Taylor Swift Is Making A Point By Not Initially Streaming “Reputation”

Taylor Swift Is Making A Point By Not Initially Streaming “Reputation”


Hey, Taylor Swift fans. After months of waiting did you rush to
your Spotify account to stream Reputation? Only to find out it wasn’t there? You’re not alone. And why it may have been annoying,
angry even, it’s actually help protect musicians and
the content they create. Here’s why this matters. As wonderful as the so-called
streaming revolution is, our reporter John says this era of
extreme convenience carries with it a sobering reality through
many artists and labels. Even as subscriptions have contributed
to the first growth the music industry has seen in over a decade, streams still
don’t generate as much revenue per listener as downloads and physical album
sales, even though both are declining. Megastars like Swift will be fine
either way, but her team is wise and justified to tinker a little bit with
the model until economic shakeout. Short-term windowing is one option
that seems worth toying with. Maybe there’s no reason to make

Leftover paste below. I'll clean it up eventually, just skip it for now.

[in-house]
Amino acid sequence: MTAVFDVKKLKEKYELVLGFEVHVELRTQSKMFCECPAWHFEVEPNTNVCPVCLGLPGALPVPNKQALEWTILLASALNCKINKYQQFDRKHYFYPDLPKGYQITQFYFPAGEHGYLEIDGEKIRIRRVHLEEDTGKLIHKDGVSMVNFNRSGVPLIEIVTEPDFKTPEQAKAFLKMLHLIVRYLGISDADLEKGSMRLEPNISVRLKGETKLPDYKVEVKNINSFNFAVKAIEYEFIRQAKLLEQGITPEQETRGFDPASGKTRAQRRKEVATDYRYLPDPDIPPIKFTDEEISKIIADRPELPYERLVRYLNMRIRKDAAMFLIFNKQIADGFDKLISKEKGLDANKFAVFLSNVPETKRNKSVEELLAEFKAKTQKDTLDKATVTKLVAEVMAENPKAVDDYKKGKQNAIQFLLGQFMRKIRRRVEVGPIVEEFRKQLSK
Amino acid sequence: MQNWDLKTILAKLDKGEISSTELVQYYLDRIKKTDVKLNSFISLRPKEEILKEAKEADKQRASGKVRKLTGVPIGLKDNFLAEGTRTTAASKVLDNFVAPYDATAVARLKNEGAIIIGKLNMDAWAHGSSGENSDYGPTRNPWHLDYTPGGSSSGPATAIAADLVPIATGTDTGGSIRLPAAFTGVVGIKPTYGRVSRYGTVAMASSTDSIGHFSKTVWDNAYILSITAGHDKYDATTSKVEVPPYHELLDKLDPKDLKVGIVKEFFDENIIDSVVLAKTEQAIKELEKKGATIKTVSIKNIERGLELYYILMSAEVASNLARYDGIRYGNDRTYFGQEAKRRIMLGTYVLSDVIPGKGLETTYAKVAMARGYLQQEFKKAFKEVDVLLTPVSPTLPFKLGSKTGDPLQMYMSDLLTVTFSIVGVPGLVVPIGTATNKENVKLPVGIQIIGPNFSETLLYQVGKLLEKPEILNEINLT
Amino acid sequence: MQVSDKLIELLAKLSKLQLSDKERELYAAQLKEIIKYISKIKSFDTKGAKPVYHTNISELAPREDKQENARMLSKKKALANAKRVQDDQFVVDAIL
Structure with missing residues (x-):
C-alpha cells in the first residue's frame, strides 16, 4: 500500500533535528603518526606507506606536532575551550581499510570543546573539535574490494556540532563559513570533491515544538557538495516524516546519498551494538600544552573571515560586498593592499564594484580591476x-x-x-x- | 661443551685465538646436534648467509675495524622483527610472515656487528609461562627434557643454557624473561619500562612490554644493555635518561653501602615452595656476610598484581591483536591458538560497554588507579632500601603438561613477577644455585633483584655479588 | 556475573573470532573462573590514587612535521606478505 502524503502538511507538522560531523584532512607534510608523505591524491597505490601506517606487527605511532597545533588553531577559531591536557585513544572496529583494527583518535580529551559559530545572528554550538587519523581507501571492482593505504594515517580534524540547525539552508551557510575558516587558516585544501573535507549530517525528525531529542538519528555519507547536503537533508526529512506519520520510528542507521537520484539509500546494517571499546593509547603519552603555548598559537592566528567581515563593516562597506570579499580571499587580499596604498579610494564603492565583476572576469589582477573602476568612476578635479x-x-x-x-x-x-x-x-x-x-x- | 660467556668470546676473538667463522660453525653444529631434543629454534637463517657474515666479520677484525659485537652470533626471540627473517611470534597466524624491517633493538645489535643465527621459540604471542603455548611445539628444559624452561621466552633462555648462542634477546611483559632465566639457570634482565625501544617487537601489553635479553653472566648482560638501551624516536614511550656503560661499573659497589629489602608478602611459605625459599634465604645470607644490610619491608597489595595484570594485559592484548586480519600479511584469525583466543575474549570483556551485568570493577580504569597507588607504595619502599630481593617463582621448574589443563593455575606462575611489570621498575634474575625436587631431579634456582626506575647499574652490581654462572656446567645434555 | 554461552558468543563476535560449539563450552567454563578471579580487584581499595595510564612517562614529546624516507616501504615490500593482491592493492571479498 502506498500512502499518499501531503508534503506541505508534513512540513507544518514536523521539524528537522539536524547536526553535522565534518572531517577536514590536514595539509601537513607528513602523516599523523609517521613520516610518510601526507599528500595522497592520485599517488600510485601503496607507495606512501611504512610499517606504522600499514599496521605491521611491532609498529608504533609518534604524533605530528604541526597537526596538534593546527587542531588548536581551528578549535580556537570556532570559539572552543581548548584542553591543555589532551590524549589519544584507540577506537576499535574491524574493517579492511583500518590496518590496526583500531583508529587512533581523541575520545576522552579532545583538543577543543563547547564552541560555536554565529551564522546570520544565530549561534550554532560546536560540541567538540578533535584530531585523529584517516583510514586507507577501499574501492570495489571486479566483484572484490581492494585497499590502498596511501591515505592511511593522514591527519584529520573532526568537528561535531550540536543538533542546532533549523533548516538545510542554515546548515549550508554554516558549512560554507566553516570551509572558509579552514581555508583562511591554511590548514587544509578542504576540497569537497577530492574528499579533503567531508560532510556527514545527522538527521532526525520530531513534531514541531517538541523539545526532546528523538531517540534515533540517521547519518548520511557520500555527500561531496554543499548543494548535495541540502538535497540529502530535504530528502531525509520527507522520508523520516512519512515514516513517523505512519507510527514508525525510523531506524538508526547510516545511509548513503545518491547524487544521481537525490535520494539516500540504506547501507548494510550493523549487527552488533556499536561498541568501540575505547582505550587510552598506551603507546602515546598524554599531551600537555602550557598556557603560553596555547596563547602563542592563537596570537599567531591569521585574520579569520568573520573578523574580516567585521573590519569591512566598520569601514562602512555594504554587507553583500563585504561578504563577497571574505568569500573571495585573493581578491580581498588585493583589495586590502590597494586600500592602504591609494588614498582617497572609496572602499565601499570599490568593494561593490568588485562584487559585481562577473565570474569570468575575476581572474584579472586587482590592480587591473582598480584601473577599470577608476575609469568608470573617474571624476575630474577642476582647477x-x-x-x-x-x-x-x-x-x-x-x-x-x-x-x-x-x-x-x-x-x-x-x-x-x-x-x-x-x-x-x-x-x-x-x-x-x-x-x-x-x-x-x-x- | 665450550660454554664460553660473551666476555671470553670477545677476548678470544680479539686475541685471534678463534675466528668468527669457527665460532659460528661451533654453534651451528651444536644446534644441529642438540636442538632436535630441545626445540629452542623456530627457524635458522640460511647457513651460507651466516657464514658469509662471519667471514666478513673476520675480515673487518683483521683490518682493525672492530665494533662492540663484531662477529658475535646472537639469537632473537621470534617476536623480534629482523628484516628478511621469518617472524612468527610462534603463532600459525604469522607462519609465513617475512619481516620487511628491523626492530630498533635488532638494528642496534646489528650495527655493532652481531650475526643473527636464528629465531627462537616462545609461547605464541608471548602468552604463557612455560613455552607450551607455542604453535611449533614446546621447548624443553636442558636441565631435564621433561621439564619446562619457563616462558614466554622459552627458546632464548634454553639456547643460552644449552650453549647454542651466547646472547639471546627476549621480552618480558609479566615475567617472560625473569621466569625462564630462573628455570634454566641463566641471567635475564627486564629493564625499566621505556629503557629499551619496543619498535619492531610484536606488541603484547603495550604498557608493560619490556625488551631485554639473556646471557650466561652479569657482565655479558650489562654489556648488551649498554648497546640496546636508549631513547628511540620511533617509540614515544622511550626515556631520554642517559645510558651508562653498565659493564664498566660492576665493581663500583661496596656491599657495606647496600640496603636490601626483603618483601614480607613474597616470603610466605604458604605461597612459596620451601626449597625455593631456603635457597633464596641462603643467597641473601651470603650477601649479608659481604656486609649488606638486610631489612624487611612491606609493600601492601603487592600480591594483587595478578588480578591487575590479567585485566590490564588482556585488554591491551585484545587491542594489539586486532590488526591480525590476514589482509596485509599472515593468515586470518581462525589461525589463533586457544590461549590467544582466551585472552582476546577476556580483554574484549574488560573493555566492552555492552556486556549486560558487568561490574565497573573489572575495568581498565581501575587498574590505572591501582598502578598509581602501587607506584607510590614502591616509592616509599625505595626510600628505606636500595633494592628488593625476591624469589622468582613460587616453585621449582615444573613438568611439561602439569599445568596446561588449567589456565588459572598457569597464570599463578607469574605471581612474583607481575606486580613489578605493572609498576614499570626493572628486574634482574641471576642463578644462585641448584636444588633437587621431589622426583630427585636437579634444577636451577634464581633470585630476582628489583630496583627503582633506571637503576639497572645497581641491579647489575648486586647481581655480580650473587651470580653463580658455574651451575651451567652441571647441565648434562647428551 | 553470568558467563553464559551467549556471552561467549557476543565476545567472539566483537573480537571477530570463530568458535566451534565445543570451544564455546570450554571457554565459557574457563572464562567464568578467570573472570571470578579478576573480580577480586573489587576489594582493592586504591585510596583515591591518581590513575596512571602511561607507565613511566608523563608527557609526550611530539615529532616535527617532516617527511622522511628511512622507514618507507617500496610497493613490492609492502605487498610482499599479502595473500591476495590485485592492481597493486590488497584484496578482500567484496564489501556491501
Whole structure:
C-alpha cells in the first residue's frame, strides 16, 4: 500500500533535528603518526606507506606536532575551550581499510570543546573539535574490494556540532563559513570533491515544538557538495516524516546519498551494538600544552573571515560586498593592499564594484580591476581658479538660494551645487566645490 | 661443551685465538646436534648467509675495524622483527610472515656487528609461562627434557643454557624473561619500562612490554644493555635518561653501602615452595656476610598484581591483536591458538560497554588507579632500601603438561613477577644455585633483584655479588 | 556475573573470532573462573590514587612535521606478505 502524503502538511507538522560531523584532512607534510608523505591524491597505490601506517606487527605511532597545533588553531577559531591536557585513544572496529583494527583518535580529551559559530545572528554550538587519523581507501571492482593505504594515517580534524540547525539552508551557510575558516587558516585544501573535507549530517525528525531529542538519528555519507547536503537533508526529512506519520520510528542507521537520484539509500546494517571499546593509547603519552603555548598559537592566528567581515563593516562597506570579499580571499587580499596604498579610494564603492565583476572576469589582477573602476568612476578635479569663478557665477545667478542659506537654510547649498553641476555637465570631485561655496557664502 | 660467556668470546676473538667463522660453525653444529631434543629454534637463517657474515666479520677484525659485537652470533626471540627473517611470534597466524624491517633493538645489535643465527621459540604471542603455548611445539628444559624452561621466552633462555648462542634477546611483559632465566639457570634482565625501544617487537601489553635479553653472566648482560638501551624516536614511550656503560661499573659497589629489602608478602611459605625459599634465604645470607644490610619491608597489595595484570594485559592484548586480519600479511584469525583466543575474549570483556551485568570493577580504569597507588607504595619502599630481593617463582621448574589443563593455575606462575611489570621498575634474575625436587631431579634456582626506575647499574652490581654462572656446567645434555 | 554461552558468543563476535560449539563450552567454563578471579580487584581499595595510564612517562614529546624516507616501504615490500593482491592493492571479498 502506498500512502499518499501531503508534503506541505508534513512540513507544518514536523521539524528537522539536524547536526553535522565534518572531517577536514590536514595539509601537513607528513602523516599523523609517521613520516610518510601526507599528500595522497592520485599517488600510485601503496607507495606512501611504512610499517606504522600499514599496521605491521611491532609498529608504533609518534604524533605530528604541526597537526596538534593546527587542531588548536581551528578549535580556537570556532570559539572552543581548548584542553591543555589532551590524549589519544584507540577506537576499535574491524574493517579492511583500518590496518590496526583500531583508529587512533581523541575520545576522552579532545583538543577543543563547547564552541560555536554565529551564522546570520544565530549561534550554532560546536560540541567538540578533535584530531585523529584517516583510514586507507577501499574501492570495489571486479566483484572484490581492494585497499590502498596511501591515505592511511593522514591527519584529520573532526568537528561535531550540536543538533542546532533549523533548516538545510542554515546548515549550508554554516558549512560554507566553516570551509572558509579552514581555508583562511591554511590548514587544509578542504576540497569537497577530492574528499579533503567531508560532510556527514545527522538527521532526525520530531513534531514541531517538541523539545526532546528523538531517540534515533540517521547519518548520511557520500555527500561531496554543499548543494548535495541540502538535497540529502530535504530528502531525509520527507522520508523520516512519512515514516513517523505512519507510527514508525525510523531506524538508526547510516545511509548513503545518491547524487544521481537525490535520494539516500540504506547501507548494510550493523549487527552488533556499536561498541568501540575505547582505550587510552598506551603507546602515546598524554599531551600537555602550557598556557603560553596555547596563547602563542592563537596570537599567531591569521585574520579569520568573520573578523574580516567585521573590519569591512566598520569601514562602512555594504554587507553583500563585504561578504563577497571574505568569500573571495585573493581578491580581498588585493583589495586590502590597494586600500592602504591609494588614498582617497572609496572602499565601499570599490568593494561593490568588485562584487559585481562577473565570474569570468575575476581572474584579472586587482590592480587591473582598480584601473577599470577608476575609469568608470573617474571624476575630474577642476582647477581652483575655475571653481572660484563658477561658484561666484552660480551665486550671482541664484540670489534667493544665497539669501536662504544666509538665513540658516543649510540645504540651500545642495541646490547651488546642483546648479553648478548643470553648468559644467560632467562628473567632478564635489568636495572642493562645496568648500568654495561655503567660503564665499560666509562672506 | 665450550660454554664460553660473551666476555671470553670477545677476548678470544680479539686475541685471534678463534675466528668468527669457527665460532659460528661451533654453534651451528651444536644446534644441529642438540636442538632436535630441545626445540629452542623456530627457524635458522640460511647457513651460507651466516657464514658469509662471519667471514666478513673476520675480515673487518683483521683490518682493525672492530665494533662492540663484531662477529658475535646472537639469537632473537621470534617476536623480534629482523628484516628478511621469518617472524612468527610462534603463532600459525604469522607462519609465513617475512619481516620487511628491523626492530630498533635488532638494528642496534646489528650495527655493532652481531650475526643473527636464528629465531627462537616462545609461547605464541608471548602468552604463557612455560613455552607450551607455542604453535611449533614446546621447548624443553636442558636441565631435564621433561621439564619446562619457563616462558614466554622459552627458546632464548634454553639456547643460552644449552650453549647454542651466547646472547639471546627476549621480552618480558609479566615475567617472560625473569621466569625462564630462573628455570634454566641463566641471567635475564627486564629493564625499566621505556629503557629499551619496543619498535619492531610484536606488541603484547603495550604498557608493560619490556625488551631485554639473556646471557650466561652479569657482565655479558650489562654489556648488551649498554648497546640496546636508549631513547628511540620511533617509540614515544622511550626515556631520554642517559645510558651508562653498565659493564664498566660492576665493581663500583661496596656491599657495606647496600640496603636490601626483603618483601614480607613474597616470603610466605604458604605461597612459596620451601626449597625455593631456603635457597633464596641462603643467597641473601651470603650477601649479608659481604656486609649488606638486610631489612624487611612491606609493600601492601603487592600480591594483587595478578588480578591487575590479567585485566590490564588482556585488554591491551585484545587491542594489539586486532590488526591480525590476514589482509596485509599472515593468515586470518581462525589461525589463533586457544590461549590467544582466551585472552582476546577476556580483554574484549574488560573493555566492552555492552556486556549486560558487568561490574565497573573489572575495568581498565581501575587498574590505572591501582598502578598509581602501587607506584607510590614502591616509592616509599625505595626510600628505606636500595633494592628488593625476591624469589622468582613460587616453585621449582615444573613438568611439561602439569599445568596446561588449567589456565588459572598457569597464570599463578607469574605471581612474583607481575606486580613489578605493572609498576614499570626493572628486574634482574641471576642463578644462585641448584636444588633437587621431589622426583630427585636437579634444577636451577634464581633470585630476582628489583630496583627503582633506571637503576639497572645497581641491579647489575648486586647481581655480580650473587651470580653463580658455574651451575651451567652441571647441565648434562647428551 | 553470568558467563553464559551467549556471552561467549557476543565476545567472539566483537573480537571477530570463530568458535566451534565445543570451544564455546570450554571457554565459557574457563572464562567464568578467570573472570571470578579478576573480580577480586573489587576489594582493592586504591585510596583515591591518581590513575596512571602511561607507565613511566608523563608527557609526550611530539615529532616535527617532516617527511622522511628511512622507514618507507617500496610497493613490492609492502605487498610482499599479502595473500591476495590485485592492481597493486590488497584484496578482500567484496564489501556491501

new music instantly accessible to everyone on day one. If they hold it back at first,
even if just for a week or two, they can make the most financially of
the people who are most eager to hear it. It’s worked for Swift, who’s already sold
more than 1 million copies of her album. It also worked for Adele, who initially
kept her album 25 off streaming services, managing to sell more than three
million copies in the first week. The promise of the streaming
era is that with time and enough scale,
such experimentation won’t be necessary. The all you can stream subscription
model should eventually reel in enough subscribers and
revenue to pay everyone fairly. When exactly remains to be seen. But in the mean time, don’t be surprised if more artist put
hard to stream with the new albums. And more importantly,
try not to be too mad at them either.

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